Family Programs

Events and educational programs for older children and teens.

The Craft Festival at Fruitlands

Sat, 09/26/2015 - 10:00am
Sun, 09/27/2015 - 10:00am
Member Admission... 
Non-Member Admission... 
Children under 12 are free
The Craft Festival at Fruitlands - September 26 & 27

Curatorial Tour: 100 Objects, 100 Stories, 100 Years at Fruitlands

Sun, 09/28/2014 - 1:00pm
Sun, 10/26/2014 - 1:00pm
Sun, 11/23/2014 - 1:00pm
Sun, 12/14/2014 - 1:00pm
Member Admission... 
Non-Member Admission... 
Curatorial Tour: 100 Objects, 100 Stories, 100 Years at Fruitlands Museum

Summer Concert Series

Thu, 06/18/2015 - 7:15pm
Thu, 06/25/2015 - 7:15pm
Thu, 07/02/2015 - 7:15pm
Thu, 07/09/2015 - 7:15pm
Thu, 07/16/2015 - 7:15pm
Thu, 07/23/2015 - 7:15pm
Thu, 07/30/2015 - 7:15pm
Thu, 08/06/2015 - 7:15pm
Member Admission... 
$10 per car
Non-Member Admission... 
$15 per car

Early Shaker Information

The Shakers (officially, United Believers in Christ's Second Appearing) originated in England under the leadership of "Mother" Ann Lee. Twelve original Shakers came to America in 1774 and settled in New York.

Shakers have no written creed but at various times throughout their history they have embraced certain belief and practices:
1. Duality of the Deity, composed of a male and a female element
2. Ann Lee as the Second Appearance of Christ (see below)
3. Equality of men and women
4. Celibacy

Shaker Museum

The Shaker Museum at Fruitlands was originally constructed in the Harvard Shaker Village in 1796 as an office. Fruitlands Museum founder, Clara Sears, moved it to Fruitlands Museums in 1920 after the Harvard Shaker village closed.
The Story... 

The Shaker experience in Harvard and Shirley began in June of 1781 when Ann Lee and a group of early Shaker leaders were invited by those communities to visit on a proselytizing journey from the first community in Watervliet, NY.

Shaker communities devoted their lives to God. This unique community lived communally, practiced equality between the sexes, developed distinctive agricultural and manufacturing practices, and forms of worship.

At their height in about 1850, the Harvard Shakers had 150 members, and was considered the spiritual center of the Shaker world. Other Shaker communities existed in New York, elsewhere in Massachusetts, Connecticut, New Hampshire, Maine, Indiana, Ohio, and Kentucky.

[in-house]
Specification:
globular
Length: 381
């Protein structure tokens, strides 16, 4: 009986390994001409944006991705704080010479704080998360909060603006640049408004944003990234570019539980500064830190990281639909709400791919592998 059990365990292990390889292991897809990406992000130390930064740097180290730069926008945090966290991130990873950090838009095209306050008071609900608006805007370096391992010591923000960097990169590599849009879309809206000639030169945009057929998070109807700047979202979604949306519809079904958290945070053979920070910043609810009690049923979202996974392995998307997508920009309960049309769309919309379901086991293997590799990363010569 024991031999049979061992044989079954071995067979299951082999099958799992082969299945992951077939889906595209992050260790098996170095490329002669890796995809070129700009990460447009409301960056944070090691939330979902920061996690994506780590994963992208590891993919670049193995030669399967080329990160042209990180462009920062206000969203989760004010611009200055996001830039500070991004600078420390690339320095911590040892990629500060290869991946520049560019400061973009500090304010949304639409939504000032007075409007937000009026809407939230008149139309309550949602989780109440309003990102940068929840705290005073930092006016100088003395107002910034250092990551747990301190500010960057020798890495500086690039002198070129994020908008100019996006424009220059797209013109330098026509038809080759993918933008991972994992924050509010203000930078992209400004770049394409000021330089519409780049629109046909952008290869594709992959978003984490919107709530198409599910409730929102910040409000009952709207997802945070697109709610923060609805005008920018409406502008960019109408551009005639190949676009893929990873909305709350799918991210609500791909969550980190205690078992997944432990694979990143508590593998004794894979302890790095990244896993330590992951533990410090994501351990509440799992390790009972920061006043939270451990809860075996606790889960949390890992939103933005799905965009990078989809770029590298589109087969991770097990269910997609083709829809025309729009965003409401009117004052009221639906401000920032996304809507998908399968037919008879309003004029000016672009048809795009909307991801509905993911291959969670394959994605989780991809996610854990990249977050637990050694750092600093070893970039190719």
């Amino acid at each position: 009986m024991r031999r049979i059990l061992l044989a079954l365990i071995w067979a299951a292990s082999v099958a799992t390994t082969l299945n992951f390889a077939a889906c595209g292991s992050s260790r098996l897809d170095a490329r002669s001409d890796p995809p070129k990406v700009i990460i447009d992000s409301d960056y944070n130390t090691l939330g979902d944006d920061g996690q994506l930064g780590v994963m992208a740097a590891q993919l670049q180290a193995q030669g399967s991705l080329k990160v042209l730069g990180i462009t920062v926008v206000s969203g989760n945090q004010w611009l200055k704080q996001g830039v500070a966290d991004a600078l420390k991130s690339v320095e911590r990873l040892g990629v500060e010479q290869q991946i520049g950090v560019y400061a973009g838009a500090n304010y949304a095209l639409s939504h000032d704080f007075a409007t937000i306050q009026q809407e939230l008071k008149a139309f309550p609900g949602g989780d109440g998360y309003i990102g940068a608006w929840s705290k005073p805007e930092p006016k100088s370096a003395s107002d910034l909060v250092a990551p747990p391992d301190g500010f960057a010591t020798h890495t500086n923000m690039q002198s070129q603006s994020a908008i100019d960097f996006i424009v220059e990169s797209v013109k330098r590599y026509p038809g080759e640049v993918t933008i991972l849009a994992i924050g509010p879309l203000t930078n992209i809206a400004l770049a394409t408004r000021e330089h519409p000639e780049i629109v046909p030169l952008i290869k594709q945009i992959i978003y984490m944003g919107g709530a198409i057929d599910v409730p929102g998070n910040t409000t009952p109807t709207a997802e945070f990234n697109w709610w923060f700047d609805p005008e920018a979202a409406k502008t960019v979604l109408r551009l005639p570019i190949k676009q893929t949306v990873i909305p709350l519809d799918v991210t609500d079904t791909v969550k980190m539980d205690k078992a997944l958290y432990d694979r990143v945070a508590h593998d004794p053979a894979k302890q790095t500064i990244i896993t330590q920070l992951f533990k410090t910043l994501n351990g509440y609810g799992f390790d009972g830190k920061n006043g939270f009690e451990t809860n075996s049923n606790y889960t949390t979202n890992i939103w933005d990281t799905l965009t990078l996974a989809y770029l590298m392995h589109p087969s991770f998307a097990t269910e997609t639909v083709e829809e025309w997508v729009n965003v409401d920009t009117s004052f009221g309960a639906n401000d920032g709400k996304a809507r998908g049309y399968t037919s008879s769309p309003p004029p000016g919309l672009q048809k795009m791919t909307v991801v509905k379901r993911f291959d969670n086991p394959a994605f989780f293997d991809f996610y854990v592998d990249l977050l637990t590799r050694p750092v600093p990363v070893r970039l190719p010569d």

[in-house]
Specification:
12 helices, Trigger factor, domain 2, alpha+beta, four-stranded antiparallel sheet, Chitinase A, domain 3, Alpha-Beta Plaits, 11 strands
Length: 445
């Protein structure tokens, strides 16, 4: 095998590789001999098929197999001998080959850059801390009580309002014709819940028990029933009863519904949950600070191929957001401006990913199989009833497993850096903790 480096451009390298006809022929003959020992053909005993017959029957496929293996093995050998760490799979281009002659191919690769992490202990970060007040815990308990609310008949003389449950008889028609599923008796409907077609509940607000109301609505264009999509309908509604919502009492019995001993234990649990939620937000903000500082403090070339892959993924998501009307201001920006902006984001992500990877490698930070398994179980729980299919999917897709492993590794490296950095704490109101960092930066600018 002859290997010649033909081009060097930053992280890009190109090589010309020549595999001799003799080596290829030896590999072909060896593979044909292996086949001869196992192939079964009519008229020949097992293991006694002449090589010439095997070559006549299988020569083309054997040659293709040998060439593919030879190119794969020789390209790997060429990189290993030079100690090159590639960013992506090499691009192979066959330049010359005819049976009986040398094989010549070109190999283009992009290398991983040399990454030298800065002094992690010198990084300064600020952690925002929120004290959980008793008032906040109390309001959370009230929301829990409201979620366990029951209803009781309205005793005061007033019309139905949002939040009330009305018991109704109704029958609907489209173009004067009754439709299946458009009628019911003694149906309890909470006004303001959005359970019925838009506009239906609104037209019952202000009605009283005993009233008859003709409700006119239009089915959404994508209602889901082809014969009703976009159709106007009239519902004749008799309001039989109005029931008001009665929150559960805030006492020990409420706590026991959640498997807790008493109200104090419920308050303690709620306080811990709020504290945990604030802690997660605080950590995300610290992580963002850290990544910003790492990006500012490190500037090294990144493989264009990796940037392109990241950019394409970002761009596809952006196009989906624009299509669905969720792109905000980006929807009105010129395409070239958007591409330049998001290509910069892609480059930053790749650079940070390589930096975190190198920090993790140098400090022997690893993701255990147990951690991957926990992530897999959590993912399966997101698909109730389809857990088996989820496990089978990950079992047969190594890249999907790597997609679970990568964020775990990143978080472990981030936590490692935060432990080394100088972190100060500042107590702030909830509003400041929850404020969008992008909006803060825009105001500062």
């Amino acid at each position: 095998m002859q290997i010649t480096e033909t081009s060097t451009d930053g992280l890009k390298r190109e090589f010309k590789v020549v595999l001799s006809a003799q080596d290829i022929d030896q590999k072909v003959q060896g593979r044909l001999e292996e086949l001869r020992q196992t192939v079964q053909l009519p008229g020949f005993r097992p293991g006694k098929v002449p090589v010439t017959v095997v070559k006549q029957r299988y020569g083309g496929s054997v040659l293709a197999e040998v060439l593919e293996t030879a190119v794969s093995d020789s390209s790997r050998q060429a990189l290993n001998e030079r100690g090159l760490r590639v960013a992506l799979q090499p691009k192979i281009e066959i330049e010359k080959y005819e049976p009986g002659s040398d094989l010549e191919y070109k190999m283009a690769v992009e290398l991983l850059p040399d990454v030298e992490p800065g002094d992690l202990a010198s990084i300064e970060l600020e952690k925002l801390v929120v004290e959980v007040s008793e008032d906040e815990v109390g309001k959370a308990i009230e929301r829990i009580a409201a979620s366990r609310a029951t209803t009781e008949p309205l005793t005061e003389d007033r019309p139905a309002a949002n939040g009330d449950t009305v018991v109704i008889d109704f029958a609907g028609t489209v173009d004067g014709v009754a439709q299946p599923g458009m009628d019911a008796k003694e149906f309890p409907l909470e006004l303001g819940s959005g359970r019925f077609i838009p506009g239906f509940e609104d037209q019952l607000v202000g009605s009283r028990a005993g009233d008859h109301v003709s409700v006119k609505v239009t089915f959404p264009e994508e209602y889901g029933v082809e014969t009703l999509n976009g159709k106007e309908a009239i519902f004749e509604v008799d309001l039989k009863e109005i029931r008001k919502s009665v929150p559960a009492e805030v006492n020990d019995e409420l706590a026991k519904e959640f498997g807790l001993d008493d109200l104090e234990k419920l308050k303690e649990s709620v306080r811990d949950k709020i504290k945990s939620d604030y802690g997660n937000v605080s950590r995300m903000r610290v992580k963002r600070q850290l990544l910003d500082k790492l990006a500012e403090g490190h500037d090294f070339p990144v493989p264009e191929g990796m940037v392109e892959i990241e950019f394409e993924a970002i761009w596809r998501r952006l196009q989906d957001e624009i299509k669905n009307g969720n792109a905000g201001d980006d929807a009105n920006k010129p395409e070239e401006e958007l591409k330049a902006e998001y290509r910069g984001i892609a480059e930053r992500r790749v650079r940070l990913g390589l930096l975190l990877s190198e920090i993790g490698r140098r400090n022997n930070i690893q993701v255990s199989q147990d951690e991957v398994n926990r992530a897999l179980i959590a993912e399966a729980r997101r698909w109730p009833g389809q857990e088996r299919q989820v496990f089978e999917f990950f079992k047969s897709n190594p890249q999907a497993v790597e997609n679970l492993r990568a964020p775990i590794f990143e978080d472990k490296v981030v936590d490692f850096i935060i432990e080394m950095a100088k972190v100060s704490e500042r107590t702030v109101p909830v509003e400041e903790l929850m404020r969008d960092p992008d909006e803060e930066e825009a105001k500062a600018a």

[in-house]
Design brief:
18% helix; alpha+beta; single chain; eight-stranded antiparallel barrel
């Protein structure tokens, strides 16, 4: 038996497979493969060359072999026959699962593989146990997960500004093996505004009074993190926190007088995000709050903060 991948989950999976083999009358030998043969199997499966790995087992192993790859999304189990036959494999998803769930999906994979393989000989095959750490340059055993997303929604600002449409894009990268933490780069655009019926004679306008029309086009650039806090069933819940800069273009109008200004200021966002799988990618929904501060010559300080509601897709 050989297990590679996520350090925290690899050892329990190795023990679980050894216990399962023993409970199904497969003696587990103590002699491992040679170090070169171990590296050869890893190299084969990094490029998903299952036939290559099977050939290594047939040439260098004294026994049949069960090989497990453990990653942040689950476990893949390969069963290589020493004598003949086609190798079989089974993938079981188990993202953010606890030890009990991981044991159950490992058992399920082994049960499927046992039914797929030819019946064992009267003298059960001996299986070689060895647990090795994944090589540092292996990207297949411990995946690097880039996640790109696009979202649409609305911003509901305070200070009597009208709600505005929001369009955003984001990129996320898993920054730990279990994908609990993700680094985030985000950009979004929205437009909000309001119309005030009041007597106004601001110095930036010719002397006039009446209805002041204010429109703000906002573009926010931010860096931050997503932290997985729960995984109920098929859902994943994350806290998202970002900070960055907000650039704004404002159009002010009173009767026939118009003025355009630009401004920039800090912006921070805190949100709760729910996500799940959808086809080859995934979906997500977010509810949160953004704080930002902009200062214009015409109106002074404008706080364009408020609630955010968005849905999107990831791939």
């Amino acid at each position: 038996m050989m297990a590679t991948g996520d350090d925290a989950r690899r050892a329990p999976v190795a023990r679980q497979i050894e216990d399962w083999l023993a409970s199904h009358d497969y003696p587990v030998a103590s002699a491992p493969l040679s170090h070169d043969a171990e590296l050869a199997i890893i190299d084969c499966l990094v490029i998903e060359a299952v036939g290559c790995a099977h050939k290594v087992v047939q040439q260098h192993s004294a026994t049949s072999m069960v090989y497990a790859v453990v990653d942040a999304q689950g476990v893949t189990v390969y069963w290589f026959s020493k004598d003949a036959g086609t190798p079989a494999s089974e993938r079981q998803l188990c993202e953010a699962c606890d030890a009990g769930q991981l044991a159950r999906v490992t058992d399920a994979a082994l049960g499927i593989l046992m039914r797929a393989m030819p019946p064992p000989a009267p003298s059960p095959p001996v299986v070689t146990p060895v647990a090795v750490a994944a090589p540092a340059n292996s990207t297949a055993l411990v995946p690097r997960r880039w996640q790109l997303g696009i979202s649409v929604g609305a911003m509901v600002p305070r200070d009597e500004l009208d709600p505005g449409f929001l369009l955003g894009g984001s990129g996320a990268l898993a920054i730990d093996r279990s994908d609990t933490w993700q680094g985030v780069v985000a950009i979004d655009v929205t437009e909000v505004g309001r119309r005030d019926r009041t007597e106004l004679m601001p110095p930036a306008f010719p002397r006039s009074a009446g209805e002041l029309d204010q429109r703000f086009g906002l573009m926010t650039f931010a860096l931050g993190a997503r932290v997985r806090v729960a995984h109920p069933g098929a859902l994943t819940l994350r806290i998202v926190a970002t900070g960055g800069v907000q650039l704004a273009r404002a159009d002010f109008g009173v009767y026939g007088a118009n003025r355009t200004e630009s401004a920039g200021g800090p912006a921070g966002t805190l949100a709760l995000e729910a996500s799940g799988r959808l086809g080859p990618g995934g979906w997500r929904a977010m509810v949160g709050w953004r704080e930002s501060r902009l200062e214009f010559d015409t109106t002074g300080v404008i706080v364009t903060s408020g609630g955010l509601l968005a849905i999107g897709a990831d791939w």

The Shakers did not practice procreation, so their communities faded over time, and Sabbathday Lake in Poland Spring, ME is the last remaining Shaker community.

  Harvard Shaker Holy Hill - video
Harvard Shaker Cemetery - video

100 Objects, 100 Stories, 100 Years at Fruitlands Museum - Closing March 29, 2015

Sat, 09/06/2014 (All day) - Sun, 03/29/2015 (All day)
100 LOGO

Fruitlands Museum is celebrating the past one hundred years by highlighting the richness of our diverse collections and sharing stories contributed by members of our community.

The one hundred most popular objects in Fruitlands' Transcendental, Shaker, Native American collections, landscape paintings and portraits will be on view in the Art Gallery and around the campus beginning on September 6, 2014. The exhibit includes fascinating examples of our New England past, some with poignant local flair. A soapstone bowl that is approximately 4000 years old and was found in a nearby field, Shaker furniture, Thoreau's desk, a Lakota feathered bonnet and Albert Bierstadt's painting, View of Mount Ascutnety from Claremont, New Hampshire ´╗┐are all fine examples of the rich history of New England that will be on display´╗┐. We invite you to come share in this extraordinary exhibit.

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